Guidelines proposed for securing geospatial data

An interagency committee has developed a set of guidelines for reviewing geospatial data, deciding if it should be made available to the public and defining what security approach to take.

Geospatial data provides specific location information referenced to a system of geographic coordinates. Government, academic and commercial organizations produce large amounts of this data and store it in digital formats widely accessed and used by a variety of IT applications.

'The vast majority of [this data is] appropriate for public dissemination,' the Federal Geographic Data Committee said in the guidelines released for review this week. 'However, a small portion ' could pose risks to security,' and there are no standards for restricting access.

The guidelines, which are not binding, address procedures for identifying sensitive information and reviewing decisions on access restrictions.

The 19-member FGDC, which has representatives from the Executive Office of the President and from Cabinet agencies, is developing the National Spatial Data Infrastructure. The Geological Survey is the committee's host. The committee's Homeland Security Working Group developed the guidelines.

The guidelines lay out 14 steps for organizations that originate geospatial data to use in determining if restrictions are needed. The steps are based on three factors:

  • Can the data be used for selecting targets or for planning or executing attacks?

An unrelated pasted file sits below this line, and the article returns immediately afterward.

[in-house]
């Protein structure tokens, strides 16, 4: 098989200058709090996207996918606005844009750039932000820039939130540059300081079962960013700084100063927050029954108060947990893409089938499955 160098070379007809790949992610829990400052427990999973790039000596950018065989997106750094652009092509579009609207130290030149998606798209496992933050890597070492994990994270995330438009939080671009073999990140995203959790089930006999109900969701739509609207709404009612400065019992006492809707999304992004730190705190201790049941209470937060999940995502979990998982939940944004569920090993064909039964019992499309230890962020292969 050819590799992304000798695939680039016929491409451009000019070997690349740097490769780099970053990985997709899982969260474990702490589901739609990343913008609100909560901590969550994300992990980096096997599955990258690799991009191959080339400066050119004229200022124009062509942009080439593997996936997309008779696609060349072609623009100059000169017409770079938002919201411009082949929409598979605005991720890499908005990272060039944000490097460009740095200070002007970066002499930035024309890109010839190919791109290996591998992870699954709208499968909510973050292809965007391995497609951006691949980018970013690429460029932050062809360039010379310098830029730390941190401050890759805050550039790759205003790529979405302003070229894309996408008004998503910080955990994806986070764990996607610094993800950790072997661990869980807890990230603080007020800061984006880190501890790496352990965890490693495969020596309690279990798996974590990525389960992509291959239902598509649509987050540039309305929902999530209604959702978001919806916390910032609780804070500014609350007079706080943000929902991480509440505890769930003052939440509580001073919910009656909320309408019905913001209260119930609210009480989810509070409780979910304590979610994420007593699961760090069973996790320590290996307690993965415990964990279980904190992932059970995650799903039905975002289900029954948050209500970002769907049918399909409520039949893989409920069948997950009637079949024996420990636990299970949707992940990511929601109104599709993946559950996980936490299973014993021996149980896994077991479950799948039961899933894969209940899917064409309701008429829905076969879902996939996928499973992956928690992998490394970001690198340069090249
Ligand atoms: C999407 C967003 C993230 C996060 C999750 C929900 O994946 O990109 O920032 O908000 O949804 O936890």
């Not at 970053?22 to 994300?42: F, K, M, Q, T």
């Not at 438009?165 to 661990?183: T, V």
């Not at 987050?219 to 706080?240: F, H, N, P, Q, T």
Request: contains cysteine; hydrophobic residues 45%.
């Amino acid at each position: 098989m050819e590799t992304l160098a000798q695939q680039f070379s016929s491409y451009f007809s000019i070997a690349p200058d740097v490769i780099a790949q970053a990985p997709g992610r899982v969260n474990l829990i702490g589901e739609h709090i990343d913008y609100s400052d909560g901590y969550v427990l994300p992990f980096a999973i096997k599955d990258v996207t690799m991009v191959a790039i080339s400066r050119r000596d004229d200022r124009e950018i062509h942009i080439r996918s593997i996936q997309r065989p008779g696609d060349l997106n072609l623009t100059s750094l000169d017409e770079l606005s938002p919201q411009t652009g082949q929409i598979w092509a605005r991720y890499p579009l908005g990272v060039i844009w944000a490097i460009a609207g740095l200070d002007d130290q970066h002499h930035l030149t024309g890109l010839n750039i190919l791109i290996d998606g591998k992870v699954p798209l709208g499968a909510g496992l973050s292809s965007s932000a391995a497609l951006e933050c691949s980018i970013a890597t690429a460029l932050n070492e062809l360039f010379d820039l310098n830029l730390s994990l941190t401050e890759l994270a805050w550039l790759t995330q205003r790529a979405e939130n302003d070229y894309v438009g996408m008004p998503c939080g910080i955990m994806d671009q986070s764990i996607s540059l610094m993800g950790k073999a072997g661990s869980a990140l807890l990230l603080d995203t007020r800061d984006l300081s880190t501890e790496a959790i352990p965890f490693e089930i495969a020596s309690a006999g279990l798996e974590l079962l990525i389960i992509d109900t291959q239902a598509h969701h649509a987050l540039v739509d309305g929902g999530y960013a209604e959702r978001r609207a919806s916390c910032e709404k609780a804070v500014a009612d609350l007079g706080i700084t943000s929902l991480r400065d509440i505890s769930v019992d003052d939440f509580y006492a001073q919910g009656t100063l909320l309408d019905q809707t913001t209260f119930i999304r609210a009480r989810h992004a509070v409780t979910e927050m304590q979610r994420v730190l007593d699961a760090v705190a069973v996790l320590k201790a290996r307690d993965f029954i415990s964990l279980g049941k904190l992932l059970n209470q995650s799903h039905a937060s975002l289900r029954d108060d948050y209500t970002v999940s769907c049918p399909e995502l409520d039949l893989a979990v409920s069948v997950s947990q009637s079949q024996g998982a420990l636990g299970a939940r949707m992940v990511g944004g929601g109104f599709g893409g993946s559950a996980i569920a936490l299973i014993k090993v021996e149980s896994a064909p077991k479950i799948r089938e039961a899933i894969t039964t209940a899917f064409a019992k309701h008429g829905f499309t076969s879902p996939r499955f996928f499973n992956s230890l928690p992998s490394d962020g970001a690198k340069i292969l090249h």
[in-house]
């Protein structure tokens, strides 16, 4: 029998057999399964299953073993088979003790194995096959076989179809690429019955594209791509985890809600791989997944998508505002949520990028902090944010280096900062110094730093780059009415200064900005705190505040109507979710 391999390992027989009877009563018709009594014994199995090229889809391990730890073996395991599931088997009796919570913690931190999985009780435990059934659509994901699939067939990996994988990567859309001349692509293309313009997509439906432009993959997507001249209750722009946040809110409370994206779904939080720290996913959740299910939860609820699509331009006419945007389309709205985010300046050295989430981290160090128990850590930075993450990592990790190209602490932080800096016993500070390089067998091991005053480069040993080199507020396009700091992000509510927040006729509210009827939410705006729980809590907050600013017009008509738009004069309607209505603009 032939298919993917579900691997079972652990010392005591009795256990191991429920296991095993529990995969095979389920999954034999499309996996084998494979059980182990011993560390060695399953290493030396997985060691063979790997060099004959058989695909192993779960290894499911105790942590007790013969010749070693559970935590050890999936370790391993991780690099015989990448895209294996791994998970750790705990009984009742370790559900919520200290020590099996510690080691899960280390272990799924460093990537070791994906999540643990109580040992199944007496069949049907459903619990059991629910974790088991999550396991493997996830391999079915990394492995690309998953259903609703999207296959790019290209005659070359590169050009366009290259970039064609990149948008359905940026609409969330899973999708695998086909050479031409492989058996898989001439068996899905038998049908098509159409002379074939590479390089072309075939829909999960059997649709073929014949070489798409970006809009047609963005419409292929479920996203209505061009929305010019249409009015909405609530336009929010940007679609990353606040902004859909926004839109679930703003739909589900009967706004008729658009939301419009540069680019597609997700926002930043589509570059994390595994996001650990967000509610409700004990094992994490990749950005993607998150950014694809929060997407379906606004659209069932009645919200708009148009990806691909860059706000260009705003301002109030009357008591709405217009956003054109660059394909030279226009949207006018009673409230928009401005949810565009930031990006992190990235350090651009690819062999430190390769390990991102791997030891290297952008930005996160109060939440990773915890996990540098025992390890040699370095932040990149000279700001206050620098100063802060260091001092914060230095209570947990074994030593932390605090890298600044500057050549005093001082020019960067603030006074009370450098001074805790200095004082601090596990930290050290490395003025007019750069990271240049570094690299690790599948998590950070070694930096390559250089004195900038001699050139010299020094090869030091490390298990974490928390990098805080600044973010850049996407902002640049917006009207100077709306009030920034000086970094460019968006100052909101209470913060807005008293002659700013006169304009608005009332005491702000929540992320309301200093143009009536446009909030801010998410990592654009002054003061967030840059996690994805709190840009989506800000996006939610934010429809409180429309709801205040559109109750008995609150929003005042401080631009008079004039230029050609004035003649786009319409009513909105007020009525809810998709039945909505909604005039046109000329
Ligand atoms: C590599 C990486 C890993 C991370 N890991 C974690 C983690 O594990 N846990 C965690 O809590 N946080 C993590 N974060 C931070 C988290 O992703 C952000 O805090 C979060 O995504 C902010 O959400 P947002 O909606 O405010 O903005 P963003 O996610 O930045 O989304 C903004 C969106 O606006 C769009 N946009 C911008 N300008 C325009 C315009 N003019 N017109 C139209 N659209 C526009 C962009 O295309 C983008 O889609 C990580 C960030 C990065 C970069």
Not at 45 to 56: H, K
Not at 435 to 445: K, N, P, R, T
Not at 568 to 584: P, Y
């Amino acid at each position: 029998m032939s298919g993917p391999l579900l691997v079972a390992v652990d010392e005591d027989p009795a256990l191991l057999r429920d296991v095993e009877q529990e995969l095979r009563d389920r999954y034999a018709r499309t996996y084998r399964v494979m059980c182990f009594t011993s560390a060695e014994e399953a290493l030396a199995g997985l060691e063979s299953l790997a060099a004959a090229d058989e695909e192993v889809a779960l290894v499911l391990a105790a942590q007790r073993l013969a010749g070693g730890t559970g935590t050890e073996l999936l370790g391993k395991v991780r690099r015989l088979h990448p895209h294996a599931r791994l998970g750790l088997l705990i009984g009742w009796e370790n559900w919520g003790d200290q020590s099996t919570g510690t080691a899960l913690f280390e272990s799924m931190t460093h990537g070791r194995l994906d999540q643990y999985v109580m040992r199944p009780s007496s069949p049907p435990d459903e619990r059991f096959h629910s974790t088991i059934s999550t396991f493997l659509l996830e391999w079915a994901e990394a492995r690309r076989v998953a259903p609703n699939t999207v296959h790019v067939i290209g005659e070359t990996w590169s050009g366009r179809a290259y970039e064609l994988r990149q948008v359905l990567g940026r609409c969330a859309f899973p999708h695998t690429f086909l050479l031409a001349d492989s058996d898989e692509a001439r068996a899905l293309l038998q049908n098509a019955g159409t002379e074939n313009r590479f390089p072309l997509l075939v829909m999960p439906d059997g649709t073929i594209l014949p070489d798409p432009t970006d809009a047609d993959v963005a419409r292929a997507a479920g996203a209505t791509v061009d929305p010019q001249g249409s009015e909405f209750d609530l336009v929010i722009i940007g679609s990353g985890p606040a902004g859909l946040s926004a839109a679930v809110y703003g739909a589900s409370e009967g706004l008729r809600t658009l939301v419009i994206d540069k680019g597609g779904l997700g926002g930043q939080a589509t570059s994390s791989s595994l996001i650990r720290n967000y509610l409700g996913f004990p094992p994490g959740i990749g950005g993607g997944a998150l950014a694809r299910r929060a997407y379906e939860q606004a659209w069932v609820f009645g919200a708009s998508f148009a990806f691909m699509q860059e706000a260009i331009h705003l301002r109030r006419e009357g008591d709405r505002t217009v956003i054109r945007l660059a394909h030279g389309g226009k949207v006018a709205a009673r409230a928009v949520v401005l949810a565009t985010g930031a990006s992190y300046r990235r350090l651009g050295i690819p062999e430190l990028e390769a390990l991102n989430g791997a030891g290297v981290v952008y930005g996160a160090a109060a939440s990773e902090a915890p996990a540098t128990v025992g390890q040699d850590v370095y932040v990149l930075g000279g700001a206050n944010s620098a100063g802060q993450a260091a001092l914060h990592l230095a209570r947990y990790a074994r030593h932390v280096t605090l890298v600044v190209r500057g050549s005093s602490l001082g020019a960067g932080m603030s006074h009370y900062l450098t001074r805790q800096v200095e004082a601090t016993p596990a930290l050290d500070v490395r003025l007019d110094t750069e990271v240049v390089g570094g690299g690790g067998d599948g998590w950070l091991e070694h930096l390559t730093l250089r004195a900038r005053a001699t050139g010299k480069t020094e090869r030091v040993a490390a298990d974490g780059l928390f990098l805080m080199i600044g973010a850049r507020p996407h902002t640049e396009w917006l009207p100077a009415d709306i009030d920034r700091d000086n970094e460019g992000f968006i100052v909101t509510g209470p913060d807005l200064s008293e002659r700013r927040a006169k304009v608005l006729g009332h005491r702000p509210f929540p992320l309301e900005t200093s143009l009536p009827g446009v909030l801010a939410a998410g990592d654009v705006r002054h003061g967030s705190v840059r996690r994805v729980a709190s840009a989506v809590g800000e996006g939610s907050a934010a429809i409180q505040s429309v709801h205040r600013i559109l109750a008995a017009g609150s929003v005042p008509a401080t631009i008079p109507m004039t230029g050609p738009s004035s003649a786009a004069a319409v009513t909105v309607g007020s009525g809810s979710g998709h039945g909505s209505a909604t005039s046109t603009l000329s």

• Is the data available elsewhere?

  • Do the benefits of making the data available outweigh the risks?

If significant risk is found, an organization should decide whether to remove the data or restrict access to it.

FGDC will accept comments via email at [email protected] until June 2. Comments can also be mailed to FGDC HSWG Guidance Review, 511 National Center, 12201 Sunrise Valley Drive, Reston, Va., 20192.

About the Author

William Jackson is a Maryland-based freelance writer.


  • senior center (vuqarali/

    Bmore Responsive: Home-grown emergency response coordination 

    Working with the local Code for America brigade, Baltimore’s Health Department built a new contact management system that saves hundreds of hours when checking in on senior care centers during emergencies.

  • man checking phone in the dark (Maridav/

    AI-based ‘listening’ helps VA monitor vets’ mental health

    To better monitor veterans’ mental health, especially during the pandemic, the Department of Veterans Affairs is relying on data and artificial intelligence-based analytics.

Stay Connected